Public Speaking Tips for Kids

Children usually find public speaking scary at first. However, with the right focus and support they can learn to structure great speeches and deliver them with confidence. One of the most common fears is public speaking, which is why experts recommend kids get experience early on. Being comfortable talking to others – whether one-on-one or in front of a group – will allow kids to better convey information, appear more well-mannered, and make stronger scoail connections. These skills will last a lifetime! Here are 7 public speaking tips for kids to help them deliver great speeches more confidently.


This is our first tip for an important reason. Many studies show that a speaker has approximately 10 seconds to grab your audiences attention. Otherwise many will switch off. This can be even shorter if you have an audience made up of children! Be sure you hook your audience from your very first sentence so they engage in the rest of your speech. To grab your audiences attention consider using rhetorical questions or interesting facts that relate to their topic.


No matter what style of speech a child delivers, they can find a way to include a topic they are passionate about. You may be able to make a passion subject the main topic of your speech. Even if you can’t, you may use it for supporting anecdotes or facts. There are many ways to incorporate passion topics. By choosing a topic your child loves – whether it be fishing, chess, climate change or rainbows – they will be more excited about their speech. Usually this translates into less nerves and a more convincing and engaging delivery.


What is the one key message you want your audience to remember? Your audience usually only retains a few key pieces of information. So keep your message simple & repeat it regularly throughout your speech. Keep your message simple & repeat it regularly throughout your speech. See what we did there? Whilst the structure of your speech & your key message are usually the areas many children spend most of their time, other areas need even more time. If you want to ensure your child’s speech is delivered most effectively allocate plenty of time to the next tips…


Research shows that over 80% of your message is delivered not through what you say (your words) but through how you say it. After your child has written their speech, make sure plenty of time is spent practising your delivery. Focus on your facial expressions, body language and vocal variety & expression. This is where the magic will REALLY happen!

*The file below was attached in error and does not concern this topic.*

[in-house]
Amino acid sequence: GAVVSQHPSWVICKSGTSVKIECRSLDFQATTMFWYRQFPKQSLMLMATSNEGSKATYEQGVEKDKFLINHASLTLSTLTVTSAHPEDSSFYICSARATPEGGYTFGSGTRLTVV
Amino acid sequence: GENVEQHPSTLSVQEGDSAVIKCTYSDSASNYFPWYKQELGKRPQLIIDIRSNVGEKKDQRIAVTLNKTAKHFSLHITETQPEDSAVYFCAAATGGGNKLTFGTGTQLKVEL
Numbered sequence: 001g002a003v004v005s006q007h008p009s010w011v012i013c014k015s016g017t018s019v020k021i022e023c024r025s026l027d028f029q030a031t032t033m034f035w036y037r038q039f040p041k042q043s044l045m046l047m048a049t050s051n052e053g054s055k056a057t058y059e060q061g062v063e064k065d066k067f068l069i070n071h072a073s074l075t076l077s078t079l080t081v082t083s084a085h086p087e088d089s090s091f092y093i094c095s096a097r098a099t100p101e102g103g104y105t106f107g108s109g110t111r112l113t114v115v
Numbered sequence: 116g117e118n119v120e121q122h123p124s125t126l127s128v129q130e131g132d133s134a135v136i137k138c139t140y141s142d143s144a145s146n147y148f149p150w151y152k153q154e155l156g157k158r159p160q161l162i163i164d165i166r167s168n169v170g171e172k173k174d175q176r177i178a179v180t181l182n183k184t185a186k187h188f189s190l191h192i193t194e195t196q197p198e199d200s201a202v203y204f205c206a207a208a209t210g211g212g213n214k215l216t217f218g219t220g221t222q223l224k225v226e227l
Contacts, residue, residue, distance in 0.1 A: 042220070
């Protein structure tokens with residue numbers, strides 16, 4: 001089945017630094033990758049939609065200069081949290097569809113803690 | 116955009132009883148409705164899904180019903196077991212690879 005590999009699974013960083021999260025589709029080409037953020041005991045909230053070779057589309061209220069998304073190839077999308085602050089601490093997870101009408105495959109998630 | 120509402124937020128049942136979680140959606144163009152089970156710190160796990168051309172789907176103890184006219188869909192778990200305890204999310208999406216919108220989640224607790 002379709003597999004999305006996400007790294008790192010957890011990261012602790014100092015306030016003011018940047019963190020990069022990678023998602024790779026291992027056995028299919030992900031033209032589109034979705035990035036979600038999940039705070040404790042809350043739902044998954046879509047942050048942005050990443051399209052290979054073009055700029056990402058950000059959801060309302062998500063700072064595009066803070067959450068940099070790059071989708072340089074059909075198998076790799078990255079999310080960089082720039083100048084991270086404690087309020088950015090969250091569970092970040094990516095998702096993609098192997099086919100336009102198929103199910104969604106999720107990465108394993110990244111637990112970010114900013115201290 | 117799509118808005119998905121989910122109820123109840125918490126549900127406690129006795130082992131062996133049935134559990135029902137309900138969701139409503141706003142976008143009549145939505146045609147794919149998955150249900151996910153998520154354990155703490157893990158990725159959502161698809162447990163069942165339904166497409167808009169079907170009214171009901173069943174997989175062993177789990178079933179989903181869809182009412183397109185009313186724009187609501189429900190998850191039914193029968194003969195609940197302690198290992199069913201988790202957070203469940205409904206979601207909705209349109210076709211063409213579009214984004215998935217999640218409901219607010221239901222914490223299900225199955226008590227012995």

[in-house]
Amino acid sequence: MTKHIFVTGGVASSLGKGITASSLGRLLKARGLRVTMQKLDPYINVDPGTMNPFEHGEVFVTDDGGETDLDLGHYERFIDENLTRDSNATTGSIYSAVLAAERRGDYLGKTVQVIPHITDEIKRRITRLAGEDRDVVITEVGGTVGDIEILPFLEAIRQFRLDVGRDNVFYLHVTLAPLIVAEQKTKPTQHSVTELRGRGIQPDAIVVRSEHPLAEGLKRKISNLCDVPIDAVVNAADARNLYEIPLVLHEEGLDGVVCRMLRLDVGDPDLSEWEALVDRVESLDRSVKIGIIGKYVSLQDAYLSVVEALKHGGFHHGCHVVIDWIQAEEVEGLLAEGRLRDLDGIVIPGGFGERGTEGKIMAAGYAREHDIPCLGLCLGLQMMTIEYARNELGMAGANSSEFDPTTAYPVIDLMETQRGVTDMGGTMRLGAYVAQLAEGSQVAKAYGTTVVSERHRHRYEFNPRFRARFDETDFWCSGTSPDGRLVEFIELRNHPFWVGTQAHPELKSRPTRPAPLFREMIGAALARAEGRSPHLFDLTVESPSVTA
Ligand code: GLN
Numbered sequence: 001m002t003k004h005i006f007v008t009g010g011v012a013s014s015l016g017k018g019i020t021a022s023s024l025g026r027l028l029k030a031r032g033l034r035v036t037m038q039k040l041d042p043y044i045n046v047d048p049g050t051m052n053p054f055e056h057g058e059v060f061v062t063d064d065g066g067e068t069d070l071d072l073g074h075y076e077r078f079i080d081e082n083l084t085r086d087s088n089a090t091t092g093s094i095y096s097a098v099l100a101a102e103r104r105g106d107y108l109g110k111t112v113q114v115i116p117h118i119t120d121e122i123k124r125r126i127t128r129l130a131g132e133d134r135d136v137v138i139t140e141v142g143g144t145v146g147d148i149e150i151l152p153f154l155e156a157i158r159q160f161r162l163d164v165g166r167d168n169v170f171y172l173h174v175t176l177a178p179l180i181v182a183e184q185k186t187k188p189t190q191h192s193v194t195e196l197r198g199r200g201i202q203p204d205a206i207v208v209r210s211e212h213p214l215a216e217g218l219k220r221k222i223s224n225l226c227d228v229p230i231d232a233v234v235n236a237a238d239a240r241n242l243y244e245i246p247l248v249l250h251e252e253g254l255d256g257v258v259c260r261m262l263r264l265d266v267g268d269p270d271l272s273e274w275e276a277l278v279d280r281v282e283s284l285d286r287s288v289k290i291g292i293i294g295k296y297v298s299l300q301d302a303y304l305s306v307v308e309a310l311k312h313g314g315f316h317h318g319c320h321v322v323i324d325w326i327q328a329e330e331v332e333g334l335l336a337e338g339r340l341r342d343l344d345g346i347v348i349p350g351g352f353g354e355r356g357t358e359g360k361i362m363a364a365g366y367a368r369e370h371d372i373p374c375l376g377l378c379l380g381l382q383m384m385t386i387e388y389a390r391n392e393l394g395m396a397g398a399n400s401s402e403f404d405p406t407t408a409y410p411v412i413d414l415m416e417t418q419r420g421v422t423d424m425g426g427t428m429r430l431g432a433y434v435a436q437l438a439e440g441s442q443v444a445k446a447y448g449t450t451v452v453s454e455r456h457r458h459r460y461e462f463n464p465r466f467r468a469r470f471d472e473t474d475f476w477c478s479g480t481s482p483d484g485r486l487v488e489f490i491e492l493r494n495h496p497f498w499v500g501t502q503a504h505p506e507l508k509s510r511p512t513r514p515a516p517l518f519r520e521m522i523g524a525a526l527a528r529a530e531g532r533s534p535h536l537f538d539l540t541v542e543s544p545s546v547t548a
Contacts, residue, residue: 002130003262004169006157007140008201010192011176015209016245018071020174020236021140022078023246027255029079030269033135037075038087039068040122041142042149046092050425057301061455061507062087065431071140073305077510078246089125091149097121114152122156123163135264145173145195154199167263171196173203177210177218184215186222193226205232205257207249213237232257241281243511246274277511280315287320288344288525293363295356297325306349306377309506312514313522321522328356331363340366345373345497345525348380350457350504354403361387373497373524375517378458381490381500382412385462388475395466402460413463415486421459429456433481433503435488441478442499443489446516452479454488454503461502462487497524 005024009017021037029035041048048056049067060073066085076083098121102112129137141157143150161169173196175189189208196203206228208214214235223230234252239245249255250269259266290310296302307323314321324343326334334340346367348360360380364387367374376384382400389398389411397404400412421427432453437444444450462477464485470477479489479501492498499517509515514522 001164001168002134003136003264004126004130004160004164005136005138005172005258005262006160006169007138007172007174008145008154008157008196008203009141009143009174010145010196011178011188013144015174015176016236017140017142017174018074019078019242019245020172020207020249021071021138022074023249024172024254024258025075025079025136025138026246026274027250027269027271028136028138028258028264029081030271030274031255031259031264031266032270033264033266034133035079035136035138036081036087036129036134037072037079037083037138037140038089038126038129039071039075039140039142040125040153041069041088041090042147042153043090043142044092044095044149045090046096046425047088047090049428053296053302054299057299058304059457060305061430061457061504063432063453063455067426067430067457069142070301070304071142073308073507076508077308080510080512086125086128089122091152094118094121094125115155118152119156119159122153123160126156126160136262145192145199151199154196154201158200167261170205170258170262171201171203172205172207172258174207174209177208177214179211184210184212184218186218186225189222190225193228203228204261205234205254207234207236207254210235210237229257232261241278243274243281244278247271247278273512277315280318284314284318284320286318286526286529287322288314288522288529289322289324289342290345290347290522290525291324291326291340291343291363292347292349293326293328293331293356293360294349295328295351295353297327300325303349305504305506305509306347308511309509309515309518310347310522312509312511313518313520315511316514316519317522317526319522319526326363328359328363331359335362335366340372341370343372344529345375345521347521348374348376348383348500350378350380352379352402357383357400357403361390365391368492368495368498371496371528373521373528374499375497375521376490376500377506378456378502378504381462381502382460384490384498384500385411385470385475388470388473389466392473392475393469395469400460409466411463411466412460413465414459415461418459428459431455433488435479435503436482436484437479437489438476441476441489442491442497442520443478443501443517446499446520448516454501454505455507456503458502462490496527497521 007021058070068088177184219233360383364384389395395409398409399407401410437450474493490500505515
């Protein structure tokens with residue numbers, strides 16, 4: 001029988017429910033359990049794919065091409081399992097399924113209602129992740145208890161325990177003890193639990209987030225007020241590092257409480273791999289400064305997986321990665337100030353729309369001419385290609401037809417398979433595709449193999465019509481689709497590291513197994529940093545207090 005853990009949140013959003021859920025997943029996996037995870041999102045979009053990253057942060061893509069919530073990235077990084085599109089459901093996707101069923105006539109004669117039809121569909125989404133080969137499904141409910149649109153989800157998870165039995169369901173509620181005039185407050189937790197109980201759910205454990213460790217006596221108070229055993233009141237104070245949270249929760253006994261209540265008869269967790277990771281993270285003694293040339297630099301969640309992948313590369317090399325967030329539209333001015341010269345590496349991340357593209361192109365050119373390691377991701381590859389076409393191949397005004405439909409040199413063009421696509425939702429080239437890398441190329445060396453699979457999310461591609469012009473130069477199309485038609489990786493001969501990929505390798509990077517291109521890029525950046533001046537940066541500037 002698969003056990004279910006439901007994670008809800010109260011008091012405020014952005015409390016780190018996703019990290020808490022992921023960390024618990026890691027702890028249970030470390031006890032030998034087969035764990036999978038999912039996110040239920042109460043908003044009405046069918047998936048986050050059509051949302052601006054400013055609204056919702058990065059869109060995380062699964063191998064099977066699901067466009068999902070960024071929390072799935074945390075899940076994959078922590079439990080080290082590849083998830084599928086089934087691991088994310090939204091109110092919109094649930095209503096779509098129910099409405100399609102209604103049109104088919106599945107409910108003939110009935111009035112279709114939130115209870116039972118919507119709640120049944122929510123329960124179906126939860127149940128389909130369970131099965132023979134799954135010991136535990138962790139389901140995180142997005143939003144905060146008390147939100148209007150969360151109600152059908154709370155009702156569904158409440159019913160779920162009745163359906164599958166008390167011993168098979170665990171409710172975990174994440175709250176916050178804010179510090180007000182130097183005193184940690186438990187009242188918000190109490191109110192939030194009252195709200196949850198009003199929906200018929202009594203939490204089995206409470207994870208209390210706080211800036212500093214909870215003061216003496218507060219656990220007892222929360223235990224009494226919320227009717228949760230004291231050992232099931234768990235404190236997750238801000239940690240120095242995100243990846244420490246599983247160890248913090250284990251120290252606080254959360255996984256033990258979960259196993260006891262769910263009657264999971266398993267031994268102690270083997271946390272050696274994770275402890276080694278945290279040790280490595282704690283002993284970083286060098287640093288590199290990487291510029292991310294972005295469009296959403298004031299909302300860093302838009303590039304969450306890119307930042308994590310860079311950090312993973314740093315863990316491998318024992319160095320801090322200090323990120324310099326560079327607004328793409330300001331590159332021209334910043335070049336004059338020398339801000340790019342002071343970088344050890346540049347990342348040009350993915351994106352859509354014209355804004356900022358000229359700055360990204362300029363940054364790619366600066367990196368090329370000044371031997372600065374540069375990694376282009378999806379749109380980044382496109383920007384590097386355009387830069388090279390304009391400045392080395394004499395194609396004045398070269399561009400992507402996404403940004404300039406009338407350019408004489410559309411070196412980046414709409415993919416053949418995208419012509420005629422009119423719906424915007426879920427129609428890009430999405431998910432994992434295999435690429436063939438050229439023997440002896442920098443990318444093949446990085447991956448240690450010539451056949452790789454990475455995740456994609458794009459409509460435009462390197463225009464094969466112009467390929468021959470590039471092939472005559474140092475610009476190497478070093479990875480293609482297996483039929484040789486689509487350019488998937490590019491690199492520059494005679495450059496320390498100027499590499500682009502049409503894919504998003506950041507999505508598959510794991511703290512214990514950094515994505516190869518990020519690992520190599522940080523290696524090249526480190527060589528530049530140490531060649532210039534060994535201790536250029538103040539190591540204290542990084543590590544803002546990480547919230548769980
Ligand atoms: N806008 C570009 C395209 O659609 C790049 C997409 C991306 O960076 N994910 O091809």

Looking confident can actually help you feel confident. Be sure to stand with your feet shoulder width apart (not swaying), shoulders back, head up and eyes looking at the audience, or slightly above their eyes. The simple act of striking a confident posture will help make the audience be more engaged in your child’s speech!


Visual aids support a child's spoken words with pictures and illustrations. Visual aids can take a variety of forms, and if used weerl it is expected that they are neat, visable, readable, large and easy to see, and prepared for the audience's benefit. Visuals are permenant so help to make your speech memorable. A visual aid can be used to support an exemporaneous style of speakin where the child can connect more directly and naturally with their chosen audience. Incidentally, that same visual aid will assist the speaker to share ideas naturally without feeling the need to memorise a specific wording, they can speak to the ideas in their own words in a fluent logically developed manner.


Practice is very important when preparing to deliver a great speech. There is no getting around it. So allow plenty of time for this. Practice in front of a mirror and in front of your family to receive feedback. Consider video recording your speech to self-assess areas of potential development as well. The more you practice, the more confident you will find yourself becoming.

Practicing with a qualified teacher is even better! If you consider this option, be sure to find a qualified and experienced teacher who is skilled at teaching children.  Just like being a good sport person requires regular & consistent practice over time with an experience teacher, so too does being a great speaker or communicator. A great teacher will provide opportunities to speaking in front of others to build your child’s confidence over time.

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